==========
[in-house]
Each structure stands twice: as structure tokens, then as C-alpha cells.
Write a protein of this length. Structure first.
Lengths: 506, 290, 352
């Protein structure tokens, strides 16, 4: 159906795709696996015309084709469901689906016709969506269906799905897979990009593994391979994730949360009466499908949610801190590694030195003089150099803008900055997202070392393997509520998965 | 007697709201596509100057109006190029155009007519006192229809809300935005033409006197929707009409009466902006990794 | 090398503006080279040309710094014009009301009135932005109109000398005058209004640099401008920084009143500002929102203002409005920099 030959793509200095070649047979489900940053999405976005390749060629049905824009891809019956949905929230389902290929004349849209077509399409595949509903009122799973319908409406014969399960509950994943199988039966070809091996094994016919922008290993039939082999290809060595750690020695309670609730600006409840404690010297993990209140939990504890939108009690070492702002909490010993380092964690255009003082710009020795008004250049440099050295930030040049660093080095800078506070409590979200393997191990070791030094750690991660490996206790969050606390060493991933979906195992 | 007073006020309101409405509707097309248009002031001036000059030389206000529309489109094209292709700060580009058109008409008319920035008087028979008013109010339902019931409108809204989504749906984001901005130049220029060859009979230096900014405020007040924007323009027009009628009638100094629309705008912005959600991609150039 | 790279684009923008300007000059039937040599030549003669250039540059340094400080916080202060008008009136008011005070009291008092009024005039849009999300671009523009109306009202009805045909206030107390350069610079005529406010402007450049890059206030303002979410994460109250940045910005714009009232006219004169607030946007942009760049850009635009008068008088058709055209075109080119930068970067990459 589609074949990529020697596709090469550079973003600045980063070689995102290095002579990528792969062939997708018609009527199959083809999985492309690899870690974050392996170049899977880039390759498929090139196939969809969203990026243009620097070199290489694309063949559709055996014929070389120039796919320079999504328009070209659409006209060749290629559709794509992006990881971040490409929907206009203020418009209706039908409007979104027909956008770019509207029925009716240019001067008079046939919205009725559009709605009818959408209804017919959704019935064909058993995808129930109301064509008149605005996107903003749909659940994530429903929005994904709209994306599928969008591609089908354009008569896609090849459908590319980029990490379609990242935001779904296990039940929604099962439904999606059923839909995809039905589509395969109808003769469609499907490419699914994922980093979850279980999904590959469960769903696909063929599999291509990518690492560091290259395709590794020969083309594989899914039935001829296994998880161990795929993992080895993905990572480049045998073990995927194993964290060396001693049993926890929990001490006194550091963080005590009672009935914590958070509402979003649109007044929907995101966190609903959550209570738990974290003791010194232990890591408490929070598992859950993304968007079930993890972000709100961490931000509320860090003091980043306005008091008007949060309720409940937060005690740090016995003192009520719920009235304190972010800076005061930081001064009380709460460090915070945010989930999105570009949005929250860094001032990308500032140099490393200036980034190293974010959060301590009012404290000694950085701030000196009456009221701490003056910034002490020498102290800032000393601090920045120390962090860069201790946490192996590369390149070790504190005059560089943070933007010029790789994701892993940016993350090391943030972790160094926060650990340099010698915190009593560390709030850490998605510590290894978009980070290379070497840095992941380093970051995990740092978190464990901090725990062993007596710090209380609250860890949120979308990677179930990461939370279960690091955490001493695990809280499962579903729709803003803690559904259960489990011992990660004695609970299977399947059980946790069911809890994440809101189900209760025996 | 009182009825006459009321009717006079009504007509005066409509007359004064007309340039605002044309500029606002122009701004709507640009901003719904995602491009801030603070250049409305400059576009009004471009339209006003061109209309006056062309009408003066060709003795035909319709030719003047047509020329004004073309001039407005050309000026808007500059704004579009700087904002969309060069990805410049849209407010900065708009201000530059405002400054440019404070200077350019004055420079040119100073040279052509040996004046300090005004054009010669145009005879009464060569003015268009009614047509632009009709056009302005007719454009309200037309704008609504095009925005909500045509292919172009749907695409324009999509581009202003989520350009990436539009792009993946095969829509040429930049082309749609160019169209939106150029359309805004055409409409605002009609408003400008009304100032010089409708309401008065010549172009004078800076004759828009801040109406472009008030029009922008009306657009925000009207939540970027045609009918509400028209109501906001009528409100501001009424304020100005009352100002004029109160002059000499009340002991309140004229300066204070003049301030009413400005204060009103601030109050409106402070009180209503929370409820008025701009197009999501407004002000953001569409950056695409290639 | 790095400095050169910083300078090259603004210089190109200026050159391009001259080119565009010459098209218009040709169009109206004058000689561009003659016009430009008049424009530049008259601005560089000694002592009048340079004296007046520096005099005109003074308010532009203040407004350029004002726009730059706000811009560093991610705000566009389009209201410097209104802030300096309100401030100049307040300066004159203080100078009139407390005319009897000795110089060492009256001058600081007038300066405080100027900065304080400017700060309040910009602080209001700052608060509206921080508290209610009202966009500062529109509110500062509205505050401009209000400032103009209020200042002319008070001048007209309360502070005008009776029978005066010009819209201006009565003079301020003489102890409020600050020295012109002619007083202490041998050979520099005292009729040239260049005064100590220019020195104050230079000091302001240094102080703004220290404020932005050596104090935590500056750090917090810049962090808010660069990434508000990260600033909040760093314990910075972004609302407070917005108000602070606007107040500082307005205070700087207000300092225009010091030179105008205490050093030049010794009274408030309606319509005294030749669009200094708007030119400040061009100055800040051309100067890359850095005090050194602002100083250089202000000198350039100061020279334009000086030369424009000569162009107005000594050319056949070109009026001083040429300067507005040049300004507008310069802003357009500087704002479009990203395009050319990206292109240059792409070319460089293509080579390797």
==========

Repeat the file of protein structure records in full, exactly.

[in-house]
Each structure stands twice: as structure tokens, then as C-alpha cells.
Write a protein of this length. Structure first.
Lengths: 506, 290, 352
């Protein structure tokens, strides 16, 4: 159906795709696996015309084709469901689906016709969506269906799905897979990009593994391979994730949360009466499908949610801190590694030195003089150099803008900055997202070392393997509520998965 | 007697709201596509100057109006190029155009007519006192229809809300935005033409006197929707009409009466902006990794 | 090398503006080279040309710094014009009301009135932005109109000398005058209004640099401008920084009143500002929102203002409005920099 030959793509200095070649047979489900940053999405976005390749060629049905824009891809019956949905929230389902290929004349849209077509399409595949509903009122799973319908409406014969399960509950994943199988039966070809091996094994016919922008290993039939082999290809060595750690020695309670609730600006409840404690010297993990209140939990504890939108009690070492702002909490010993380092964690255009003082710009020795008004250049440099050295930030040049660093080095800078506070409590979200393997191990070791030094750690991660490996206790969050606390060493991933979906195992 | 007073006020309101409405509707097309248009002031001036000059030389206000529309489109094209292709700060580009058109008409008319920035008087028979008013109010339902019931409108809204989504749906984001901005130049220029060859009979230096900014405020007040924007323009027009009628009638100094629309705008912005959600991609150039 | 790279684009923008300007000059039937040599030549003669250039540059340094400080916080202060008008009136008011005070009291008092009024005039849009999300671009523009109306009202009805045909206030107390350069610079005529406010402007450049890059206030303002979410994460109250940045910005714009009232006219004169607030946007942009760049850009635009008068008088058709055209075109080119930068970067990459 589609074949990529020697596709090469550079973003600045980063070689995102290095002579990528792969062939997708018609009527199959083809999985492309690899870690974050392996170049899977880039390759498929090139196939969809969203990026243009620097070199290489694309063949559709055996014929070389120039796919320079999504328009070209659409006209060749290629559709794509992006990881971040490409929907206009203020418009209706039908409007979104027909956008770019509207029925009716240019001067008079046939919205009725559009709605009818959408209804017919959704019935064909058993995808129930109301064509008149605005996107903003749909659940994530429903929005994904709209994306599928969008591609089908354009008569896609090849459908590319980029990490379609990242935001779904296990039940929604099962439904999606059923839909995809039905589509395969109808003769469609499907490419699914994922980093979850279980999904590959469960769903696909063929599999291509990518690492560091290259395709590794020969083309594989899914039935001829296994998880161990795929993992080895993905990572480049045998073990995927194993964290060396001693049993926890929990001490006194550091963080005590009672009935914590958070509402979003649109007044929907995101966190609903959550209570738990974290003791010194232990890591408490929070598992859950993304968007079930993890972000709100961490931000509320860090003091980043306005008091008007949060309720409940937060005690740090016995003192009520719920009235304190972010800076005061930081001064009380709460460090915070945010989930999105570009949005929250860094001032990308500032140099490393200036980034190293974010959060301590009012404290000694950085701030000196009456009221701490003056910034002490020498102290800032000393601090920045120390962090860069201790946490192996590369390149070790504190005059560089943070933007010029790789994701892993940016993350090391943030972790160094926060650990340099010698915190009593560390709030850490998605510590290894978009980070290379070497840095992941380093970051995990740092978190464990901090725990062993007596710090209380609250860890949120979308990677179930990461939370279960690091955490001493695990809280499962579903729709803003803690559904259960489990011992990660004695609970299977399947059980946790069911809890994440809101189900209760025996 | 009182009825006459009321009717006079009504007509005066409509007359004064007309340039605002044309500029606002122009701004709507640009901003719904995602491009801030603070250049409305400059576009009004471009339209006003061109209309006056062309009408003066060709003795035909319709030719003047047509020329004004073309001039407005050309000026808007500059704004579009700087904002969309060069990805410049849209407010900065708009201000530059405002400054440019404070200077350019004055420079040119100073040279052509040996004046300090005004054009010669145009005879009464060569003015268009009614047509632009009709056009302005007719454009309200037309704008609504095009925005909500045509292919172009749907695409324009999509581009202003989520350009990436539009792009993946095969829509040429930049082309749609160019169209939106150029359309805004055409409409605002009609408003400008009304100032010089409708309401008065010549172009004078800076004759828009801040109406472009008030029009922008009306657009925000009207939540970027045609009918509400028209109501906001009528409100501001009424304020100005009352100002004029109160002059000499009340002991309140004229300066204070003049301030009413400005204060009103601030109050409106402070009180209503929370409820008025701009197009999501407004002000953001569409950056695409290639 | 790095400095050169910083300078090259603004210089190109200026050159391009001259080119565009010459098209218009040709169009109206004058000689561009003659016009430009008049424009530049008259601005560089000694002592009048340079004296007046520096005099005109003074308010532009203040407004350029004002726009730059706000811009560093991610705000566009389009209201410097209104802030300096309100401030100049307040300066004159203080100078009139407390005319009897000795110089060492009256001058600081007038300066405080100027900065304080400017700060309040910009602080209001700052608060509206921080508290209610009202966009500062529109509110500062509205505050401009209000400032103009209020200042002319008070001048007209309360502070005008009776029978005066010009819209201006009565003079301020003489102890409020600050020295012109002619007083202490041998050979520099005292009729040239260049005064100590220019020195104050230079000091302001240094102080703004220290404020932005050596104090935590500056750090917090810049962090808010660069990434508000990260600033909040760093314990910075972004609302407070917005108000602070606007107040500082307005205070700087207000300092225009010091030179105008205490050093030049010794009274408030309606319509005294030749669009200094708007030119400040061009100055800040051309100067890359850095005090050194602002100083250089202000000198350039100061020279334009000086030369424009000569162009107005000594050319056949070109009026001083040429300067507005040049300004507008310069802003357009500087704002479009990203395009050319990206292109240059792409070319460089293509080579390797």